... The lights appear in an area SW of Chinati Mountain, on Mitchell Flat, near Twin Peaks, and over the flat prairie north of Cuesto Del Burro Mountains.. A roadside plaque on US 90, 8 miles E of Marfa commemorates the lights. An abandoned USAF base is nearby... The Lights, which most people describe as spherical, appear south of Marfa each evening. They appear to bounce around, vanish, then re-appear elsewhere. According to the legend, these lights have been observed since the 1800s. The Lights have become an important tourist attraction in Marfa, a town that has seen much better days. On a nice evening, dozens of people will stop and view the Lights at the "official" viewing area, about 10 miles east of town on Highway 90. (http://www.crystalinks.com/lightballs.html
2.2) Here is a map from .... web page. The one on the right is from (http://www.theoutlaws.com/marfa.htm)
2.3) The next illustration, below, is a photograph of the general direction of where the lights seem to come, from the perspective of the Highway 90 Viewing Area The photo appears in Bill Baker's web page and was taken just before sunset on Sunday, May 25, 1997. There is no information given about the exact viewing direction, but it is said to be in the direction where the Lights appear.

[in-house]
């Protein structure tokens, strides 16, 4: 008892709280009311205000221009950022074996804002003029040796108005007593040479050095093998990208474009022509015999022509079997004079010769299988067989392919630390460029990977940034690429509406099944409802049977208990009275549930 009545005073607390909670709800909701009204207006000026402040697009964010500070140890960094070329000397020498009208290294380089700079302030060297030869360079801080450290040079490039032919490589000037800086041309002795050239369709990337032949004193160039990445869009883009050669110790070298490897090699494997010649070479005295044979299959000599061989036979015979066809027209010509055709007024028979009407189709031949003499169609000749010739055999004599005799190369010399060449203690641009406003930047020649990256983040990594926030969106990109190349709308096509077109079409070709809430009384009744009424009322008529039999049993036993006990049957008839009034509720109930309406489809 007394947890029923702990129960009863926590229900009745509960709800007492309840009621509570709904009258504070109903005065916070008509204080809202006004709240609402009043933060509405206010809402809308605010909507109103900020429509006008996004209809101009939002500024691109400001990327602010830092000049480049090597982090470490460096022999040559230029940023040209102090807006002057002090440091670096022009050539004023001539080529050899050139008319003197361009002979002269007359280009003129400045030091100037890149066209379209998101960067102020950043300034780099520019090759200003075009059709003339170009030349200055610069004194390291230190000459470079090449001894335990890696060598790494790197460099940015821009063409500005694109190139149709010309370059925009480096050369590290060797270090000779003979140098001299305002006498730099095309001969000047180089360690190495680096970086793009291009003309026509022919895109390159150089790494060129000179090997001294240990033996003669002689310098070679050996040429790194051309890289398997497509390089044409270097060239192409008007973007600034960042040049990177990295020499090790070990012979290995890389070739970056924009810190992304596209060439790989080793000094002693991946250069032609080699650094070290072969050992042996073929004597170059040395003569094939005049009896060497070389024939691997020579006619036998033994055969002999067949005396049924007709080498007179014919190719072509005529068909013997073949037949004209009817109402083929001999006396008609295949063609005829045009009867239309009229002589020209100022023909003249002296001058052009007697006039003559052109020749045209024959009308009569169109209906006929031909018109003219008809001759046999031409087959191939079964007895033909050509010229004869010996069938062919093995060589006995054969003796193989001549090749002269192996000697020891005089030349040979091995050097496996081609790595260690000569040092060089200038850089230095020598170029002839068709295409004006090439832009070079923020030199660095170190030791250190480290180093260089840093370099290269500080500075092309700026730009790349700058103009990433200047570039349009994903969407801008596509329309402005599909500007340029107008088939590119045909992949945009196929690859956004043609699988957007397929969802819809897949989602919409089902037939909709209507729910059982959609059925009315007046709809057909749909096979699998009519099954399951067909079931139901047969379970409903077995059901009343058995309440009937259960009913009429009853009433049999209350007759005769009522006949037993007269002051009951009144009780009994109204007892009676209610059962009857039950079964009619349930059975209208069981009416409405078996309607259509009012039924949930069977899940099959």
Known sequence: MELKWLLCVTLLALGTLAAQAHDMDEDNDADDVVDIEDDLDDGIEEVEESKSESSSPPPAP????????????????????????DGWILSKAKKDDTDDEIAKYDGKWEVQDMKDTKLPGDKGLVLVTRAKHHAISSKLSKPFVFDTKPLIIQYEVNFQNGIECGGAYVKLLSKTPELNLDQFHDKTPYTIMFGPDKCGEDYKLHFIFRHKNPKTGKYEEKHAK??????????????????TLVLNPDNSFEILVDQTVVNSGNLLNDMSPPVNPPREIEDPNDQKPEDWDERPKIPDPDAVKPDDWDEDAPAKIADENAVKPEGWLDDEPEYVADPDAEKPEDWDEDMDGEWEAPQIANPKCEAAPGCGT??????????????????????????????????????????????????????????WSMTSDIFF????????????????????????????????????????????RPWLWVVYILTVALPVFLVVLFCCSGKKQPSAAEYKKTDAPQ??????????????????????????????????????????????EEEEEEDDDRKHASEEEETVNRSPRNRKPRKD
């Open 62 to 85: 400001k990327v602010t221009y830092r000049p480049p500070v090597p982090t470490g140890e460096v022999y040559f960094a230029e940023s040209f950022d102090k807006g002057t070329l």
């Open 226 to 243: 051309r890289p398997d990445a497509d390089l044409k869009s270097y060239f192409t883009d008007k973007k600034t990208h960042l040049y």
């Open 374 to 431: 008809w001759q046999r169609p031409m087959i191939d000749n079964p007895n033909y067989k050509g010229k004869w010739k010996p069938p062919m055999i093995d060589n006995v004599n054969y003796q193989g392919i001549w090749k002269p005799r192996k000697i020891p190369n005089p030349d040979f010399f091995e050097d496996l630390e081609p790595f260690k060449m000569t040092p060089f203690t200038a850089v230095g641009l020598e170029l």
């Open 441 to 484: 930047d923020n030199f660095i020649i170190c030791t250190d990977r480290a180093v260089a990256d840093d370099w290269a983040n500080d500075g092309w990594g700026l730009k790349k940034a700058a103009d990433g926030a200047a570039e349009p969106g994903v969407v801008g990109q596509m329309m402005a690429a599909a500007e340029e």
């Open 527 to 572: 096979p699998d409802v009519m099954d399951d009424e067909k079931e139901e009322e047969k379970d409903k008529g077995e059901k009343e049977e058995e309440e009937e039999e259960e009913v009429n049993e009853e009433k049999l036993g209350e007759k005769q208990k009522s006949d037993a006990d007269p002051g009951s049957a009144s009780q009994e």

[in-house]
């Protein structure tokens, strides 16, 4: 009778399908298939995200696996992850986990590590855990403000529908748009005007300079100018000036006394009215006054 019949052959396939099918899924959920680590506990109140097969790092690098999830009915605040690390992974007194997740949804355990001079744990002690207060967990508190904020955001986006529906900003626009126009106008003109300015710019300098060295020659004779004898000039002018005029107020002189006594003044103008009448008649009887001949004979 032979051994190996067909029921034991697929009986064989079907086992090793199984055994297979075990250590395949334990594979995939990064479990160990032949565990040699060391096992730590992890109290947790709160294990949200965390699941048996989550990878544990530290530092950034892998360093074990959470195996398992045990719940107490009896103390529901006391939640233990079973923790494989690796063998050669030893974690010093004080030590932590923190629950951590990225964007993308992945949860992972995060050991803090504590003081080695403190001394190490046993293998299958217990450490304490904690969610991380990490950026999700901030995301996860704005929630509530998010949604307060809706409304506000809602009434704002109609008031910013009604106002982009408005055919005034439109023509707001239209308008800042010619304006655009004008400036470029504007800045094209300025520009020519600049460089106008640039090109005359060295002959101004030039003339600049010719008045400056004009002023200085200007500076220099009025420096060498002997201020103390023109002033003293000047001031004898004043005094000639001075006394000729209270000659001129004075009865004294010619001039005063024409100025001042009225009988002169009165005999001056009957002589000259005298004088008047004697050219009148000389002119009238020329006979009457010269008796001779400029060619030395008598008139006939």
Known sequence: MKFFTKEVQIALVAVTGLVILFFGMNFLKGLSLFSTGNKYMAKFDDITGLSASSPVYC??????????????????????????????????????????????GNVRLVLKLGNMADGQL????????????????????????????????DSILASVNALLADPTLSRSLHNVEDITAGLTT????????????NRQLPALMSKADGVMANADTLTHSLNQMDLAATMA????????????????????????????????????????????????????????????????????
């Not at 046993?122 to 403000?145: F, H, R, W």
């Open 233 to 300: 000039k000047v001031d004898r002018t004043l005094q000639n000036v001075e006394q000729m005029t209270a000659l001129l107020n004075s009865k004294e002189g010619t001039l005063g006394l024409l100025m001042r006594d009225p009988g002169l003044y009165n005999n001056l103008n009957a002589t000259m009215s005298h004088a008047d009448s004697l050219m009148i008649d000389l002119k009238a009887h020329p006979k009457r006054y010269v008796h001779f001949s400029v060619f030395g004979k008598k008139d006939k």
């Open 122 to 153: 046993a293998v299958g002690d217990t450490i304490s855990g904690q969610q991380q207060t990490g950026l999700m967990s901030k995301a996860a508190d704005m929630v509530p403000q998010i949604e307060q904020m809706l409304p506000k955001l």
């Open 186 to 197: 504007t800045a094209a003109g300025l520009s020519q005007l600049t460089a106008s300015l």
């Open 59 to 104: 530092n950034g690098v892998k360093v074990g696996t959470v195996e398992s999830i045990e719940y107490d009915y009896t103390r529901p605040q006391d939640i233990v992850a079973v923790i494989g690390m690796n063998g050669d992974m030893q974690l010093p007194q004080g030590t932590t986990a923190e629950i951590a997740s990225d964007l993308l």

3.1) Foreground out to 10 miles. The landscape is fairly flat across the airfield and out to the UTRAO installation. From the topographical maps by MapQuest, the area around the airfield is at an elevation of 4903 feet ( a benchmark is near the main entrance. Following a southwest transect, it dips to 4820 feet by the southwest corner of the base, then 4655 feet by the time you get to the center of the observatory. There are some minor variations on this. Also, the contours are closer together near Observatory than near the airbase suggesting a slightly faster fall off there. The land is tilted on a roughly southwest to northeast slope with higher elevations near the airbase. This probably reflects the local geology which has this region as the runoff from the distant mountains. When you are standing at the Viewing Area, you will be looking downslope towards the Observatory lights.
2.4) The distant mountain range is, evidently, the Chinati Mountains. Chinati Peak has an elevation of 7730 feet according to the Rand McNally Road Atlas for Texas (cited by Texas State Library and Archives Commission: http://www.tsl.state.tx.us/ref/abouttx/mountains.html)
2.5) The first thing to note is the very flat terrain and the vegetation coverage which is a low grass and shrub mixture. This is what James Long noted in his description.
Copyright (C) 2001Dr. Sten Odenwald